Thursday, October 21, 2004

Password Memorability

Creating a password is always such a pain. I was reminded of this recently when I got an email from eBay's SafeHarbor security telling me that my account had been suspended. The email suggested that I go to eBay's site (no addy given, so I was to use my own lookup and link), then change my eBay password, my secret question, and then go to the email addy I use for eBay and change it's password in order to protect it. Not only did I have to do that, but I also had to change the email password in Outlook and in MSN Messenger since I use an address for eBay that is via hotmail and use the same addy as one of my logon's for messenger. Ugh! For good measure, I changed the password for my other Microsoft related email account.

Now, reminding myself of all of the places I had to change the passwords was one thing, but coming up with new passwords was another issue. What method do you use?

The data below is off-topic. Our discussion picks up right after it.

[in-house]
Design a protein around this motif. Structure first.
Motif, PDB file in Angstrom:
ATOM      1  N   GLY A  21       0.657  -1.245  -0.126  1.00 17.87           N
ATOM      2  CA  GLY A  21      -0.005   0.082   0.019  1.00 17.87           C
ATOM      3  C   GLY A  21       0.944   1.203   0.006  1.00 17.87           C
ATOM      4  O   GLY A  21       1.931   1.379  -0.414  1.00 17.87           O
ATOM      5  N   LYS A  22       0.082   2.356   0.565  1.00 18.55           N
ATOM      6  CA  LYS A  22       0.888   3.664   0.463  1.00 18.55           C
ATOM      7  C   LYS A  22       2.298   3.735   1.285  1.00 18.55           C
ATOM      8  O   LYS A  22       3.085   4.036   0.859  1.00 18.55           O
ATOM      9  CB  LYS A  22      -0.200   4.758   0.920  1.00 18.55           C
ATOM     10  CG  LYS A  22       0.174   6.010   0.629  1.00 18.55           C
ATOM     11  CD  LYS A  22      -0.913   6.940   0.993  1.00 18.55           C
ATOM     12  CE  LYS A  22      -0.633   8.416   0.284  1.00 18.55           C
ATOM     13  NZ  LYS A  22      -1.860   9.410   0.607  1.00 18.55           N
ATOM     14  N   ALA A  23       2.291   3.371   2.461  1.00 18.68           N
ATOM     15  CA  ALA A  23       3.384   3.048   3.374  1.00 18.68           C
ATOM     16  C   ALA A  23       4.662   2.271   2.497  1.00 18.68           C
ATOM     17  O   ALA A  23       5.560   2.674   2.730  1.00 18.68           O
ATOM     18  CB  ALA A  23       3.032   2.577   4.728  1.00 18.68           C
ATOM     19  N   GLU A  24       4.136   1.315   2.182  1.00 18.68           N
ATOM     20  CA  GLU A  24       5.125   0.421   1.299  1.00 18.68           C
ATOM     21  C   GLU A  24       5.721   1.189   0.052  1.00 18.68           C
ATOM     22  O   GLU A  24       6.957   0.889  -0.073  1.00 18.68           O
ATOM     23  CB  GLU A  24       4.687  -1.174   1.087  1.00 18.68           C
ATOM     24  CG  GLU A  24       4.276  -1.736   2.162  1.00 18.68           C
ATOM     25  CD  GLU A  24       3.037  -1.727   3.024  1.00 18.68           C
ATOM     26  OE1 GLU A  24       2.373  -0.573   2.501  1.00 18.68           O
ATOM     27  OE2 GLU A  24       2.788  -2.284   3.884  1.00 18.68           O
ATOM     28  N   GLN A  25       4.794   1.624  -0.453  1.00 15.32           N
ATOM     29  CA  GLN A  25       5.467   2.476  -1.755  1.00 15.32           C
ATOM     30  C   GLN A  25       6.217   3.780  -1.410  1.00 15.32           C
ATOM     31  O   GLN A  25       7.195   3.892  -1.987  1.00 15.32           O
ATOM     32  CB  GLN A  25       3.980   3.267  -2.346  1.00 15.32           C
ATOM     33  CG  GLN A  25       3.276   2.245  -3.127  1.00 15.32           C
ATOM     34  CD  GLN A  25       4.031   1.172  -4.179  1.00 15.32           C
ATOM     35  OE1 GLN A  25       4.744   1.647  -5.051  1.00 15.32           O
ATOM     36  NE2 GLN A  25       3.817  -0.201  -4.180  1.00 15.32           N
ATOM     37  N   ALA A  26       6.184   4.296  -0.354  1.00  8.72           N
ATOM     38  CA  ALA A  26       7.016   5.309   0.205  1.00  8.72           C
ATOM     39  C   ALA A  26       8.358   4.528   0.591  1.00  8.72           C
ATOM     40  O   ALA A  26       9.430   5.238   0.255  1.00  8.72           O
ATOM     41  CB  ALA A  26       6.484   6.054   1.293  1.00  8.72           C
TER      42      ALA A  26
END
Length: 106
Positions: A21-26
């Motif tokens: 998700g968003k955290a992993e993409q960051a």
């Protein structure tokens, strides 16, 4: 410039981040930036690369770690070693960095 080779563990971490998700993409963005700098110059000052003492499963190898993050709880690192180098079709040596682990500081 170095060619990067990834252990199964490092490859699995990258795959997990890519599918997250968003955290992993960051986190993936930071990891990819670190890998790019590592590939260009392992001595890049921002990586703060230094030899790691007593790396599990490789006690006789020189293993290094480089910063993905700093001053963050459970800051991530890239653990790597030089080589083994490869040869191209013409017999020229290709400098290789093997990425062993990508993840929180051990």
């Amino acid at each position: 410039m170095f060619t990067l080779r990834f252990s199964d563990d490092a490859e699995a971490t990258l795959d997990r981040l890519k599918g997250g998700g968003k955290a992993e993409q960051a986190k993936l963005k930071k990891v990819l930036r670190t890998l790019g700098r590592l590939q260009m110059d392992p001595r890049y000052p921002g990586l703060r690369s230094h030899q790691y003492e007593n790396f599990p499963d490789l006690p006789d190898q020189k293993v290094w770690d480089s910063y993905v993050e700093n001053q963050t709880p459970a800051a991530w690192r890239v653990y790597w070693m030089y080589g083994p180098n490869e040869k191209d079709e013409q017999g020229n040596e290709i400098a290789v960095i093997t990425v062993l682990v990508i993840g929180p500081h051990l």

I used to use a method that involved some sort of word, program, or novel name with some sort of easy to recall numeric sequence in front of and/or behind the word. Later, as I became more cautious with security, I began using mnemonic phrases, also incorporating numerals and special keys. Now, I use more random passwords with numerals and special keys and make them at least 8 characters long (usually more).

In a blog post by Anil John, there is an interesting article on password memorability. In the comment posts, Robert Hessing of Microsoft Security suggests getting rid of passwords and using passphrases instead. It's a nice thought for Windows networks, but in cases of email where we are limited to say, 12 characters for a pass code, it's unworkable.

Interesting reads. How do you create your passwords/phrases? Do you use passphrases? Are you concerned about the security?

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